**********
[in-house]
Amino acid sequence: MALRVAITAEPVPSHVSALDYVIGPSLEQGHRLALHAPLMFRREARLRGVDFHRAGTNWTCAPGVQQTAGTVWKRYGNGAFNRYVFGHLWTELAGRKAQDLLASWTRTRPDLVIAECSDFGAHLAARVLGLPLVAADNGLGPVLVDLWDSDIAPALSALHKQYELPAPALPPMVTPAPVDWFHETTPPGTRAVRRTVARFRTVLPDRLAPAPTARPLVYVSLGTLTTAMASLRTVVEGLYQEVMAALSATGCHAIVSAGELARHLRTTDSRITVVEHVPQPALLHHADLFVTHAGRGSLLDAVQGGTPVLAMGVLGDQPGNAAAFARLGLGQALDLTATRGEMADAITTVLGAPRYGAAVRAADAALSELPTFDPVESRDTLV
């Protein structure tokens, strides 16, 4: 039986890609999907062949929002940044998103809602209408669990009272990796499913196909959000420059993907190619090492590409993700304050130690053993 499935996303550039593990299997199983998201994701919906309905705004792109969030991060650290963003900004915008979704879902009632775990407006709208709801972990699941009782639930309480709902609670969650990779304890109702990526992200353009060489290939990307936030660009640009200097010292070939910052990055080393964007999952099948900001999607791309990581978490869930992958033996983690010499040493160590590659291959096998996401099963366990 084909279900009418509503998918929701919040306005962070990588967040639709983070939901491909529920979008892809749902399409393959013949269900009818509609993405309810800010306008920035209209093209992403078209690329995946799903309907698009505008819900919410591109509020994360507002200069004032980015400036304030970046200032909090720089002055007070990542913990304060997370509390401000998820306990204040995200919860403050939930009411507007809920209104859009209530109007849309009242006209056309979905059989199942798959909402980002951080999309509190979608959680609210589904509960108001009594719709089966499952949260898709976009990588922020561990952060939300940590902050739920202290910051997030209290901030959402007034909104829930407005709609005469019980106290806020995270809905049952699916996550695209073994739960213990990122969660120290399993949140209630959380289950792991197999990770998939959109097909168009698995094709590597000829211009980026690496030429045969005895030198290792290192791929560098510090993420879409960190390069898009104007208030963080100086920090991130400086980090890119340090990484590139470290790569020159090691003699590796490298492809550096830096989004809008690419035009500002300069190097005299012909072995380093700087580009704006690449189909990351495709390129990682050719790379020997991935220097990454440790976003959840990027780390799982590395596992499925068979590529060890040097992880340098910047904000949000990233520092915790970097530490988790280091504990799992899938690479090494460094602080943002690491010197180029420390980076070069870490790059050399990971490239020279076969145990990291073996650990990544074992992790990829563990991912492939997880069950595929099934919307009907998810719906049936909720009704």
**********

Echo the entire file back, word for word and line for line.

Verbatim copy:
[in-house]
Amino acid sequence: MALRVAITAEPVPSHVSALDYVIGPSLEQGHRLALHAPLMFRREARLRGVDFHRAGTNWTCAPGVQQTAGTVWKRYGNGAFNRYVFGHLWTELAGRKAQDLLASWTRTRPDLVIAECSDFGAHLAARVLGLPLVAADNGLGPVLVDLWDSDIAPALSALHKQYELPAPALPPMVTPAPVDWFHETTPPGTRAVRRTVARFRTVLPDRLAPAPTARPLVYVSLGTLTTAMASLRTVVEGLYQEVMAALSATGCHAIVSAGELARHLRTTDSRITVVEHVPQPALLHHADLFVTHAGRGSLLDAVQGGTPVLAMGVLGDQPGNAAAFARLGLGQALDLTATRGEMADAITTVLGAPRYGAAVRAADAALSELPTFDPVESRDTLV
């Protein structure tokens, strides 16, 4: 039986890609999907062949929002940044998103809602209408669990009272990796499913196909959000420059993907190619090492590409993700304050130690053993 499935996303550039593990299997199983998201994701919906309905705004792109969030991060650290963003900004915008979704879902009632775990407006709208709801972990699941009782639930309480709902609670969650990779304890109702990526992200353009060489290939990307936030660009640009200097010292070939910052990055080393964007999952099948900001999607791309990581978490869930992958033996983690010499040493160590590659291959096998996401099963366990 084909279900009418509503998918929701919040306005962070990588967040639709983070939901491909529920979008892809749902399409393959013949269900009818509609993405309810800010306008920035209209093209992403078209690329995946799903309907698009505008819900919410591109509020994360507002200069004032980015400036304030970046200032909090720089002055007070990542913990304060997370509390401000998820306990204040995200919860403050939930009411507007809920209104859009209530109007849309009242006209056309979905059989199942798959909402980002951080999309509190979608959680609210589904509960108001009594719709089966499952949260898709976009990588922020561990952060939300940590902050739920202290910051997030209290901030959402007034909104829930407005709609005469019980106290806020995270809905049952699916996550695209073994739960213990990122969660120290399993949140209630959380289950792991197999990770998939959109097909168009698995094709590597000829211009980026690496030429045969005895030198290792290192791929560098510090993420879409960190390069898009104007208030963080100086920090991130400086980090890119340090990484590139470290790569020159090691003699590796490298492809550096830096989004809008690419035009500002300069190097005299012909072995380093700087580009704006690449189909990351495709390129990682050719790379020997991935220097990454440790976003959840990027780390799982590395596992499925068979590529060890040097992880340098910047904000949000990233520092915790970097530490988790280091504990799992899938690479090494460094602080943002690491010197180029420390980076070069870490790059050399990971490239020279076969145990990291073996650990990544074992992790990829563990991912492939997880069950595929099934919307009907998810719906049936909720009704």